With the average age of the population on the rise, aortic heart valve replacement is being growingly requested. An expected 850,000 patients will need experience heart valve replacements in 2050. Researchers are anticipating such demand with a new alternative.
A group of scientists at ETH Zurich and the South African company Strait Access Technologies are working with 3-D printers in order to manufacture custom-made artificial heart valves, made out of silicone and created in just an hour.
Working with silicone valves means tailoring it more precisely to the patient. Researchers first determine the shape and size of the heart by using computer tomography or magnetic resonance imaging. Then, they can print a valve that is a perfect match to the heart chamber.
In order to avoid any problems with the implant, researchers create a digital model and a computer simulation with a set of images. Safety is also guaranteed by the material compatibility with the human body, as blood can flow normally through the artificial valve.
The new silicon valves would allow surgeons to stop using conventional implants, based on animal tissues or polymers combined with metal frames. They have a rigid shape and meant for patients the need to take life-long immunosuppressants to prevent the body from rejecting them.
“The replacement valves currently used are circular, but do not exactly match the shape of the aorta, which is different for each patient,” says Manuel Schaffner, one of the study’s lead authors and former doctoral student of André Studart, Professor for Complex Materials at ETH.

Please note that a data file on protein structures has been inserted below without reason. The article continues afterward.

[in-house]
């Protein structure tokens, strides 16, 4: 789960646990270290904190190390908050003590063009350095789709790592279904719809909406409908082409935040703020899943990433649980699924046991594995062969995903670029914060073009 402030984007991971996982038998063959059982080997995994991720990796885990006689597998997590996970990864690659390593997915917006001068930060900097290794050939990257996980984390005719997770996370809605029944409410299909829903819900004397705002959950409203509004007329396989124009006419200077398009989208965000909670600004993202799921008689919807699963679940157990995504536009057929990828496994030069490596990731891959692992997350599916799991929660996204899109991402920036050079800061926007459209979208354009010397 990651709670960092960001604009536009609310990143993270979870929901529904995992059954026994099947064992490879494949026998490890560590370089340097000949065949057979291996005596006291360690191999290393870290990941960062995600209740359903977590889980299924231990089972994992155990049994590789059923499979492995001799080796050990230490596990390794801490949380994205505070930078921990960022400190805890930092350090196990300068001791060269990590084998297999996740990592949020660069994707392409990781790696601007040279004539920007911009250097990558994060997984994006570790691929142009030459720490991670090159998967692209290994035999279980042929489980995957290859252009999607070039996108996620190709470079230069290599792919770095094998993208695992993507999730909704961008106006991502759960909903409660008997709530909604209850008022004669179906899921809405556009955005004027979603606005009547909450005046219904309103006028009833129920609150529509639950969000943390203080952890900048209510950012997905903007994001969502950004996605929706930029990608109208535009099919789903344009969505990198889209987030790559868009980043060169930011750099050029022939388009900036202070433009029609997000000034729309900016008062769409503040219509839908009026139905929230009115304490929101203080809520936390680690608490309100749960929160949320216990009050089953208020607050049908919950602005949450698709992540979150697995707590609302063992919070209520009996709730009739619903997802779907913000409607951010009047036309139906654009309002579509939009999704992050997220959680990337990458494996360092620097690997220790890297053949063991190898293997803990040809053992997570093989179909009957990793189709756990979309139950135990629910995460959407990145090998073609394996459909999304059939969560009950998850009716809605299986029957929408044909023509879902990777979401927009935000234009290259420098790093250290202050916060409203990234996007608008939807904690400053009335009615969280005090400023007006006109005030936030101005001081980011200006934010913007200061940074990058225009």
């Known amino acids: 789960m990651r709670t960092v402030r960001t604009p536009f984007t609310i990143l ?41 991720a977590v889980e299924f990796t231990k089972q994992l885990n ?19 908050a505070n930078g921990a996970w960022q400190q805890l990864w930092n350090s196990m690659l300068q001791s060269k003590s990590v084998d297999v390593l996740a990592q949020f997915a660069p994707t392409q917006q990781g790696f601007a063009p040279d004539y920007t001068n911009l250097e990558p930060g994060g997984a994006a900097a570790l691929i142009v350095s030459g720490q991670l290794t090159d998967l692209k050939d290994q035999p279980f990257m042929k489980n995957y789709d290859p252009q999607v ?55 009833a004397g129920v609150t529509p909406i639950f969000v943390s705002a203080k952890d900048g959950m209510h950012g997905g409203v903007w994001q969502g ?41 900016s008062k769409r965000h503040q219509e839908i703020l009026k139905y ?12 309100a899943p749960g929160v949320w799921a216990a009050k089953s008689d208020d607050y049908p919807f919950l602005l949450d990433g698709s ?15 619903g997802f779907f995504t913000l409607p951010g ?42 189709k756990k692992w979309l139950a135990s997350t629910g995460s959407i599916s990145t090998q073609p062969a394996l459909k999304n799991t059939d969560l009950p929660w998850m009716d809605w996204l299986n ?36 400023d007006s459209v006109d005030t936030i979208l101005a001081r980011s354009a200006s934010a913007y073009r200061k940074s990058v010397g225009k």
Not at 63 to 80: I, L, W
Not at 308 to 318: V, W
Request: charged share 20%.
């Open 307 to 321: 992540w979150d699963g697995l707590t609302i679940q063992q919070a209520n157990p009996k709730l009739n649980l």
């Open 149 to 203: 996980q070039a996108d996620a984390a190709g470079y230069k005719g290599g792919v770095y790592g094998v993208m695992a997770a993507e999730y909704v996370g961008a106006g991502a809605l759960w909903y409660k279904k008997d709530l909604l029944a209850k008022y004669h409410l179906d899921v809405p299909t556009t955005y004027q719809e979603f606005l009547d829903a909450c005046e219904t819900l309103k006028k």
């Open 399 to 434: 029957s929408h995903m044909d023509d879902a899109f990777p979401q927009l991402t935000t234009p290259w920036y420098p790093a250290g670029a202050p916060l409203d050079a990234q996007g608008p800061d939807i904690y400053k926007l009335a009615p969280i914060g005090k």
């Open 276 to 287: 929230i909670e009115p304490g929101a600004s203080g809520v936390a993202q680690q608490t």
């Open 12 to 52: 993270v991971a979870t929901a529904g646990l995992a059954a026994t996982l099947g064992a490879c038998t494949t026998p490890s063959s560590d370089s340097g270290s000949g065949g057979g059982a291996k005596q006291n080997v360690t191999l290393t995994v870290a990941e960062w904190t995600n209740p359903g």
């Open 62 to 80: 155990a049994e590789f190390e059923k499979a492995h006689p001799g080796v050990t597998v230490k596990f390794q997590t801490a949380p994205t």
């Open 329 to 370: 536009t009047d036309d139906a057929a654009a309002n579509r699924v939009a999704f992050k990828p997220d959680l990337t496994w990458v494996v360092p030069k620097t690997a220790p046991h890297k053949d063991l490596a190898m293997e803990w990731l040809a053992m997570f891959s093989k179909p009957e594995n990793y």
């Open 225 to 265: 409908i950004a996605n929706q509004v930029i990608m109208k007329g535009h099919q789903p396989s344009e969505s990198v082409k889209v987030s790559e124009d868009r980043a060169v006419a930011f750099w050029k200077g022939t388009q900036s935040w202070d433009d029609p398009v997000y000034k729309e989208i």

While the conventional valves take several days to be manufactured, the silicone ones can be done in about an hour thanks to the 3-D printers. Scientists need to create a negative impression of the valve, spraying the ink onto it. Then, a printer tough deposits silicone paste to print specific patterns on their surface.
Scientists expect to extend the life of the replacement valves to 10-15 years, which is how long current models last in patients before they need to be exchanged. Nevertheless, it would take at least 10 years before the new artificial valves come into clinical use, as they have to go through clinical trials first.
“It would be marvelous if we could one day produce heart valves that last an entire lifetime and possibly even grow along with the patient so that they could also be implanted in young people as well,” said Schaffner.
The study was published in the journal Matter.